In this study we first tested a model to see whether social goals could be measured in terms of four separate factors. We analysed the construct validity and internal reliability of the scale. Secondly, we examined the longitudinal stability of each resultant factor based on confirmatory factor analysis (CFA). Thirdly, we aimed to study the gender and time effects on social goals during lower secondary school using six measurement points.
Jarvinen, D.W. & Nicholls, J. G. (1996). Adolescents' Social Goals, Beliefs about the Causes of Social Success, and Satisfaction in Peer Relations. Developmental Psychology, 32 (3), 435-441. Kiesler, D. J. (1983) The 1982 Interpersonal Circle: A Taxonomy for Complementarity in Human Transactions. Psychological Review, 90 (3), 185-214. Kuroda, Y. & Sakurai, S. (2011). Social Goal Orientations, Interpersonal Stress, and Depressive Symptons Among Early Adolescents in Japan: A Test of the Diathesis- Stress Model Using the Trichotomous Framework of Social Goal Orientations. The Journal of Early Adolescence, 31 (2), 300-322. Locke, K. D. (2003). Status and Solidarity in Social Comparison: Agentic and Communal Values and Vertical and Horizontal Directions. Journal of Personality and Social Psychology, 84 (3), 619-631. Locke, K. D. (2000). Circumplex Scales of Interpersonal Values: Reliability, Validity, and Applicability to Interpersonal Problems and Personality Disorders. Journal of Personality Assessment, 75 (2), 249-267. Mouratidis, A.A. & Sideridis, G.D. (2009). On Social Achievement Goals: Their Relations with Peer Acceptance, Classroom Belongingness, and Perceptions of Loneliness. The Journal of Experimental Education, 77 (3), 285-307. Ojanen T., Grönroos, M., & Salmivalli C. 2005. An Interpersonal Circumplex Model of Children's Social Goals: Links with Peer-reported Behavior and Sociometric status. Developmental Psychology, 41 (5), 699-710. Pratt, S. & George, R. (2005) Transferring Friendship: Girls’ and Boys’ Friendships in the Transition from Primary to Secondary School. Children & Society, 19, 16-26. Rose, A. J. & Rudolph, K. D. (2006) A Review of Sex Differences in Peer Relationship Processes: Potential Trade-offs for the Emotional and Behavioral Development of Girls and Boys. Psychological Bulletin, 132 (1), 98-131. Ryan A.M. & Shim, S. S. (2008). An Exploration of Young Adolescents’ Social Achievement Goals and Social Adjustment in Middle School. Journal of Educational Psychology, 100 (3), 672-687. Ryan, A. M & Shin, H. (2011). Help-seeking Tendencies during Early Adolescence: An Examination of Motivational Correlates and Consequences for Achievement. Learning and Instruction, 21, 247-256. Urdan, T. C. & Maehr, M. L. (1995). Beyond a Two-goal Theory of Motivation and Achievement: A Case for Social Goals. Review of Educational Research, 65, 213-243. Wiggins, J. R. (1979). A Psychological Taxonomy of Trait-descriptive Terms: The Interpersonal Domain. Journal of Personality and Social Psychology, 37 (3), 395-412. Zirkel, S. (1992). Developing Independence in a Life Transition: Investing the Self in the concerns of the day. Journal of Personality and Social Psychology, 62, 506-521.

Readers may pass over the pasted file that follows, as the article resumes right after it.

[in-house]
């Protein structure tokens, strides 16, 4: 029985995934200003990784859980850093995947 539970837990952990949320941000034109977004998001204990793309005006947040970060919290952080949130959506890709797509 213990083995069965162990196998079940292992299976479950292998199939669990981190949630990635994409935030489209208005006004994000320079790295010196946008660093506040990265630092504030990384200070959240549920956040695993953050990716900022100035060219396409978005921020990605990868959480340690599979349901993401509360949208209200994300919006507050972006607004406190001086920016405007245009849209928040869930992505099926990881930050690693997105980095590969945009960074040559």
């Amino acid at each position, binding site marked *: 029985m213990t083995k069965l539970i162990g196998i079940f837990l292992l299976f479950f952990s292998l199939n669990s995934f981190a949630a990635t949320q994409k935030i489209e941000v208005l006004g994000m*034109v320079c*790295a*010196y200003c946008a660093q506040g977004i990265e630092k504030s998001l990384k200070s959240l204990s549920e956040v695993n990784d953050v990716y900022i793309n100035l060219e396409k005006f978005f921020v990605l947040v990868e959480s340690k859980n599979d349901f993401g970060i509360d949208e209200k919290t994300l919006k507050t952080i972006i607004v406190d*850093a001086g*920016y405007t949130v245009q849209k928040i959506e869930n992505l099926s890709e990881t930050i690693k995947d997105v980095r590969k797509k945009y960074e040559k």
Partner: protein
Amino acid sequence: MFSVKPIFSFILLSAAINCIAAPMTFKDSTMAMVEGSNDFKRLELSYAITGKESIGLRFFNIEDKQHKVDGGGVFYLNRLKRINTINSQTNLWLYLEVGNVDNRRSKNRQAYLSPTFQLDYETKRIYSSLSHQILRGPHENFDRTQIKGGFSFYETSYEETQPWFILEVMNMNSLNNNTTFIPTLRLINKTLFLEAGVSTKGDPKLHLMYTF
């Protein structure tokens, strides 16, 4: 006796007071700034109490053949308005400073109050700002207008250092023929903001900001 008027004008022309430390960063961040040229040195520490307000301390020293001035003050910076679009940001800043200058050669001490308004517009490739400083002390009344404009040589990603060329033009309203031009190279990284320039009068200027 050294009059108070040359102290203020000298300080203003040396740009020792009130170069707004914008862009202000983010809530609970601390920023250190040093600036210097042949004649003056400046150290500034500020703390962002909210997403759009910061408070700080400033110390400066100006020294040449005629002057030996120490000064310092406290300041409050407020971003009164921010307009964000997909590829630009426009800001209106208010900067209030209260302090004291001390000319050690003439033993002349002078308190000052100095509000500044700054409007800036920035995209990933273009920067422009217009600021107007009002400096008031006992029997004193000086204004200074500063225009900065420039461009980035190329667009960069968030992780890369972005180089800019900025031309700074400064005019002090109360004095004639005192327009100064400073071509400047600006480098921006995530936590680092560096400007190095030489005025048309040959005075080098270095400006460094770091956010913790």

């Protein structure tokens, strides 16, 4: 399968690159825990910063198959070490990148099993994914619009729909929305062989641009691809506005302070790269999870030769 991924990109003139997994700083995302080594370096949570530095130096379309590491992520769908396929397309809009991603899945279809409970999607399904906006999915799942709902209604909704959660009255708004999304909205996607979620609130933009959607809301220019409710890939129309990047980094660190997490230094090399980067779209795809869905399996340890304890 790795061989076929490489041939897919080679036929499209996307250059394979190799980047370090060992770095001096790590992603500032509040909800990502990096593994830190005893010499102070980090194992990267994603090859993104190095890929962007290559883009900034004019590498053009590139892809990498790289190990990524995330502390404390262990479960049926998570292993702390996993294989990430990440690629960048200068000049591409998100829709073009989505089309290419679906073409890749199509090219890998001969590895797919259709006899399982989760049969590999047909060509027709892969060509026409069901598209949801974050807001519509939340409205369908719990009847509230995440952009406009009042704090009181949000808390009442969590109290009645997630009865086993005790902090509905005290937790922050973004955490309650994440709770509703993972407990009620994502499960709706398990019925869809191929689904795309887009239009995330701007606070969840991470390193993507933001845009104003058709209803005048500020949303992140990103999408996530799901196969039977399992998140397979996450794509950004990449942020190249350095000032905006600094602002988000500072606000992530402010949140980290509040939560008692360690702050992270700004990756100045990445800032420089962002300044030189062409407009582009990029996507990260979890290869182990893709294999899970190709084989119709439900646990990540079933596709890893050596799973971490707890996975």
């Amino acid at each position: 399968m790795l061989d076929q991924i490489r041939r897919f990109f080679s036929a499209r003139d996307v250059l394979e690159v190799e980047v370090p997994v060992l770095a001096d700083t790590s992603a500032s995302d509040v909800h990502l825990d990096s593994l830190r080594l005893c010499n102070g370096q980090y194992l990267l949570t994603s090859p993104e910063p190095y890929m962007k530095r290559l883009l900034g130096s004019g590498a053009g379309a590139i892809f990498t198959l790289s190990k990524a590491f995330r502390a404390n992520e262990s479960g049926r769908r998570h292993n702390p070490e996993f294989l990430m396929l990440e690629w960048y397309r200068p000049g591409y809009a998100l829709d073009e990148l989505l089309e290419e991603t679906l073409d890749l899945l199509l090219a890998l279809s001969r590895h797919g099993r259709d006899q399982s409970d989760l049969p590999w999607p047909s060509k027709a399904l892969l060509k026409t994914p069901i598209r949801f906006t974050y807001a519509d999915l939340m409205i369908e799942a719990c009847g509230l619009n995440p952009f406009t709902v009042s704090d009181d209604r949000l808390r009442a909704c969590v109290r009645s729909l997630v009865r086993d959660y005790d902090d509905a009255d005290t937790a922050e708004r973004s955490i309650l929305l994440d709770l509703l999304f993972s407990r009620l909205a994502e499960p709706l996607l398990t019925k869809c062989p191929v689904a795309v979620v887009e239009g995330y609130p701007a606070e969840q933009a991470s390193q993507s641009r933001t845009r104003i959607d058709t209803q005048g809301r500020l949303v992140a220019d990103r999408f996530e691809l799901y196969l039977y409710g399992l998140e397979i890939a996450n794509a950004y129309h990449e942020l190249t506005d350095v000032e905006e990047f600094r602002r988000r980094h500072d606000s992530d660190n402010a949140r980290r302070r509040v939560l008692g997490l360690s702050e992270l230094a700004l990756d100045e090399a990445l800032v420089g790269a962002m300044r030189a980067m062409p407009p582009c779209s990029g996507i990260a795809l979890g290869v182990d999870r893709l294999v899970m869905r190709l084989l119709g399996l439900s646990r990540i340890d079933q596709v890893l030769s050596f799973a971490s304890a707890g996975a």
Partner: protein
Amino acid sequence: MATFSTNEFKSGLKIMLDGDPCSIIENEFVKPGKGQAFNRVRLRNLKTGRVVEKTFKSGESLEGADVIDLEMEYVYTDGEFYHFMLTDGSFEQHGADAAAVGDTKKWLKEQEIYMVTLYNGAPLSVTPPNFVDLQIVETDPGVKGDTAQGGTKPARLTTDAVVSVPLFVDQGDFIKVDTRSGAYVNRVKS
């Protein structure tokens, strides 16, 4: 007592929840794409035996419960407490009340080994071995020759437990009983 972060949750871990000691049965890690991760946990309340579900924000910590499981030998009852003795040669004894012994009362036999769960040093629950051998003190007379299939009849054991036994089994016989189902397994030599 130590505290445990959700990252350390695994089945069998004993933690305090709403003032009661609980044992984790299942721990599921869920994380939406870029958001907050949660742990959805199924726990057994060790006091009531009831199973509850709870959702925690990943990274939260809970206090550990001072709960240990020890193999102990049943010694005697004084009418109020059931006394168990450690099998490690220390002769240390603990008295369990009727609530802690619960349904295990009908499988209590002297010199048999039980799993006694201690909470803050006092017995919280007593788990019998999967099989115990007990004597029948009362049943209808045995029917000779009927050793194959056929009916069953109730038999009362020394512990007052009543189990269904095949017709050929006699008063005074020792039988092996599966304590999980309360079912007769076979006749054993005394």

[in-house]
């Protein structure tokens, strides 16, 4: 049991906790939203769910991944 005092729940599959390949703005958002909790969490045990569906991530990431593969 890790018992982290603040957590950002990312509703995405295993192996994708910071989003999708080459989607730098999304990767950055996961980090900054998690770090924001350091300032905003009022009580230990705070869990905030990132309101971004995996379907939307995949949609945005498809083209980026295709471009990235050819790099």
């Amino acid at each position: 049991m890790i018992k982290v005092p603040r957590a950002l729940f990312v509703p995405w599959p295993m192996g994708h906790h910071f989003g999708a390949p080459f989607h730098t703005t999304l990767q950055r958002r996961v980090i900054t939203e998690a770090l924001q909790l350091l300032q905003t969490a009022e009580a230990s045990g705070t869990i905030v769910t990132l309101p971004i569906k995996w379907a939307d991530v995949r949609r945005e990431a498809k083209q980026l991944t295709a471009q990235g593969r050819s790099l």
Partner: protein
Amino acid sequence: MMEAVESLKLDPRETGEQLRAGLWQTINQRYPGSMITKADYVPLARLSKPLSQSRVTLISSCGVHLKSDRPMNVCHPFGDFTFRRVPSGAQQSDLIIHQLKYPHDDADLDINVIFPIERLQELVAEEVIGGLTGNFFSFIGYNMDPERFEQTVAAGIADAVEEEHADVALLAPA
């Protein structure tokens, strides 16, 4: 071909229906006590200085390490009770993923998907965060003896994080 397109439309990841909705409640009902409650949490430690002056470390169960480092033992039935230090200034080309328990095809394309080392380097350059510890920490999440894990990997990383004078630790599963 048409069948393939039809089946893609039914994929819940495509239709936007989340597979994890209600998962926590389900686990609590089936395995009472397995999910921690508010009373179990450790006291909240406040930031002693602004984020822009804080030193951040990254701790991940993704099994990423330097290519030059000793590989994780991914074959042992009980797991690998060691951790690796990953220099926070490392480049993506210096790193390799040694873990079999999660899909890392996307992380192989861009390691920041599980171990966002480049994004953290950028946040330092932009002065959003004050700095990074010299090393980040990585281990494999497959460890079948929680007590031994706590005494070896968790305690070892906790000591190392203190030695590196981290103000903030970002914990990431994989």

- Search for keywords and phrases in "Text Search"
- Restrict in which part of the abstracts to search in "Where to search"
- Search for authors and in the respective field.
- For planning your conference attendance you may want to use the conference app, which will be issued some weeks before the conference
- If you are a session chair, best look up your chairing duties in the conference system (Conftool) or the app.